Combining carbon capture with using hydrogen for heating and cooking would cut CO2 and create jobs, report suggests

A new report from carbon capture and storage experts suggests that if hydrogen were used as a domestic fuel it would significantly reduce carbon dioxide emissions – but only with strict provisos over how the hydrogen were generated.

Launched today, July 11, 2016, the H21 Leeds City Gate report outlines the findings of a two year project undertaken by Northern Gas Networks (NGN), Kiwa Gastec, Amec Foster Wheeler and Wales and West Utilities.

The report envisages burning hydrogen in place of natural methane for heating and cooking in domestic and commercial premises beginning in Leeds and eventually covering the entire UK.. This would produce water as a product of the combustion process, and overall would generate 73 per cent less carbon dioxide then using natural gas as a fuel. Heating and cooking is currently responsible for over 30 per cent of UK CO2 emissions.

There is a catch, however. The hydrogen would have to be generated from fossil fuels: effectively, by stripping it from the very natural gas that would have been burned in the first place. This would entail using the industrial process known as steam methane reforming, where methane and steam are reacted together to form carbon monoxide and hydrogen; the CO can be further reacted with steam to form carbon dioxide and more hydrogen. The report stresses that only by capturing and storing the CO2 can the process achieve its low-carbon potential. Although the report concedes that hydrogen could also be made by using renewably-sourced electricity to split hydrogen from water by electrolysis, this would be far more expensive; the route via reforming hydrocarbons, whether this be natural gas or from other sources, is more economic.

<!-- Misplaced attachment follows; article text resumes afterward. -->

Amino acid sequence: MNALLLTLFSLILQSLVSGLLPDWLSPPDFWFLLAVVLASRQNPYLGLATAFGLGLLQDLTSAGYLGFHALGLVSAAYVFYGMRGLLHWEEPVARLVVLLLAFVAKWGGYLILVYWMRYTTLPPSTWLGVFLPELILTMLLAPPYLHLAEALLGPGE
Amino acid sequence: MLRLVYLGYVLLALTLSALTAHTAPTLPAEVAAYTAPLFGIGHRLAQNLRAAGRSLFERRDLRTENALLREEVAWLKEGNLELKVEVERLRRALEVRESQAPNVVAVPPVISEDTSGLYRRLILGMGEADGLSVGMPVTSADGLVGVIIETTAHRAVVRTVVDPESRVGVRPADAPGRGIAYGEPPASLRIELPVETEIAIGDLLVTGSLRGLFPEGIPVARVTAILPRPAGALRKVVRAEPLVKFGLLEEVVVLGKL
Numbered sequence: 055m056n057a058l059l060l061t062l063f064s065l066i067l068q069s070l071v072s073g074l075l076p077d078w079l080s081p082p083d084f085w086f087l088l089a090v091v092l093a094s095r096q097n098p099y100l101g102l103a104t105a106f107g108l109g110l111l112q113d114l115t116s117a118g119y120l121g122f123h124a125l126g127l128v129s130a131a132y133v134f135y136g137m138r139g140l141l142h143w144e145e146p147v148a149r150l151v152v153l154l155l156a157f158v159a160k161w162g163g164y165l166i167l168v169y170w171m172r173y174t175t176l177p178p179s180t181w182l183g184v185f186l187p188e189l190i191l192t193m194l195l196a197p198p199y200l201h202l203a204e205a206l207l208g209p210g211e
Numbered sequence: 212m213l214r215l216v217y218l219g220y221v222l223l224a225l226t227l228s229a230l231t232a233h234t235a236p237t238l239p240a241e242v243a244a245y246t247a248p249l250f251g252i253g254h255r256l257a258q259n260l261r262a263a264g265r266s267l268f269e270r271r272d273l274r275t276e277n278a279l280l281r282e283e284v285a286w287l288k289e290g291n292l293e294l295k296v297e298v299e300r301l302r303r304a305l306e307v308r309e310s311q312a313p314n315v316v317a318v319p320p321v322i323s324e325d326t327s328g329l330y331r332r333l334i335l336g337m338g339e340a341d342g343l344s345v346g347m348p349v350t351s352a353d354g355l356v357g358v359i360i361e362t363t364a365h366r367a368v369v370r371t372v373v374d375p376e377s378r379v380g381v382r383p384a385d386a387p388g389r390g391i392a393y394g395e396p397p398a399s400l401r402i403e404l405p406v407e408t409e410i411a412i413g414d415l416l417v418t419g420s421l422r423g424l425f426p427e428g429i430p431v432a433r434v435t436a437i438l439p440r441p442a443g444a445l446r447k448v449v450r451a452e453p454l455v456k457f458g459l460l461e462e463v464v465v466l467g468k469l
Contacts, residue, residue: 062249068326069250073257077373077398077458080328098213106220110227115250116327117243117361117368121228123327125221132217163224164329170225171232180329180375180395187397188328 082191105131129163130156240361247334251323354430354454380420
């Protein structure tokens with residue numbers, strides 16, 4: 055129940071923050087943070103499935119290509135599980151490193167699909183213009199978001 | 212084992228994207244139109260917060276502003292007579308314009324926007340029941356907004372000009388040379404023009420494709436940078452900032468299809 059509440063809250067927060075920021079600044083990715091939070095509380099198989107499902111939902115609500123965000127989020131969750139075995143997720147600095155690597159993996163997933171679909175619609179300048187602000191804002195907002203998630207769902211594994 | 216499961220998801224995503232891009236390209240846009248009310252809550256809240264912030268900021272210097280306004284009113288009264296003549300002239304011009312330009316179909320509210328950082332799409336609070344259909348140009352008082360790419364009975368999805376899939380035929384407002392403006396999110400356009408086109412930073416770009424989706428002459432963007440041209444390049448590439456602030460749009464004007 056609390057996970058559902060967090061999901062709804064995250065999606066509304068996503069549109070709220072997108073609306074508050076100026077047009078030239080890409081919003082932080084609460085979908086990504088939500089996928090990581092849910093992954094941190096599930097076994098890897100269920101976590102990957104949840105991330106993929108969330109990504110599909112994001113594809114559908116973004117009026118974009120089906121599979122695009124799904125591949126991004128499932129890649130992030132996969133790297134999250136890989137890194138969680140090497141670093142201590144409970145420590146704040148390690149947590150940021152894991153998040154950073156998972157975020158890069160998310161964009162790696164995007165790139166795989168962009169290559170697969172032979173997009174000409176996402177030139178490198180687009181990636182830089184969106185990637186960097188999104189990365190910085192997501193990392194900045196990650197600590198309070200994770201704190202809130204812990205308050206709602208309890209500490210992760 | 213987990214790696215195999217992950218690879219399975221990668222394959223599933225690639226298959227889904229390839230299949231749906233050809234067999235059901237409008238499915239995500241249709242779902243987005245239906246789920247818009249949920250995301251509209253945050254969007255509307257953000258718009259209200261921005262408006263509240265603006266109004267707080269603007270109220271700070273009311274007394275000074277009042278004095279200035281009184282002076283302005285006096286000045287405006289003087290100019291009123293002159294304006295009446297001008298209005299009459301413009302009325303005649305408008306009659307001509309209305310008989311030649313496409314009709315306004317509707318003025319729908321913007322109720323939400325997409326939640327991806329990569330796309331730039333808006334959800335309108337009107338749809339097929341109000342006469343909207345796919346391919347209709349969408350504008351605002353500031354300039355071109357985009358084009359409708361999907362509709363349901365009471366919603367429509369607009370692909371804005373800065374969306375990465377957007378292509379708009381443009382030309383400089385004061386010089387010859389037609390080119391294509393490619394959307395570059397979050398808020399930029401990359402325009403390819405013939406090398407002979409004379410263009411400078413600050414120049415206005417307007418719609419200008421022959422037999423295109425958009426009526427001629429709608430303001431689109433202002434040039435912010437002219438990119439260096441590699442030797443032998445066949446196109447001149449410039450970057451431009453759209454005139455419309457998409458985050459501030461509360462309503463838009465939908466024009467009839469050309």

The ability to use existing infrastructure to deliver the hydrogen is key to the concept, commented Scottish Carbon Capture & Storage (SCCS) director Stuart Haszeldine. Other decarbonisation methods for heating would entail digging up urban streets, with all the cost and disruption that implies.

The switch to hydrogen would also be beneficial as a job-creator, the report suggests.

“CCS and hydrogen represent a winning combination for UK decarbonisation efforts, and I welcome the launch of the H21 Leeds City Gate report to point the way forward,” Haszeldine added.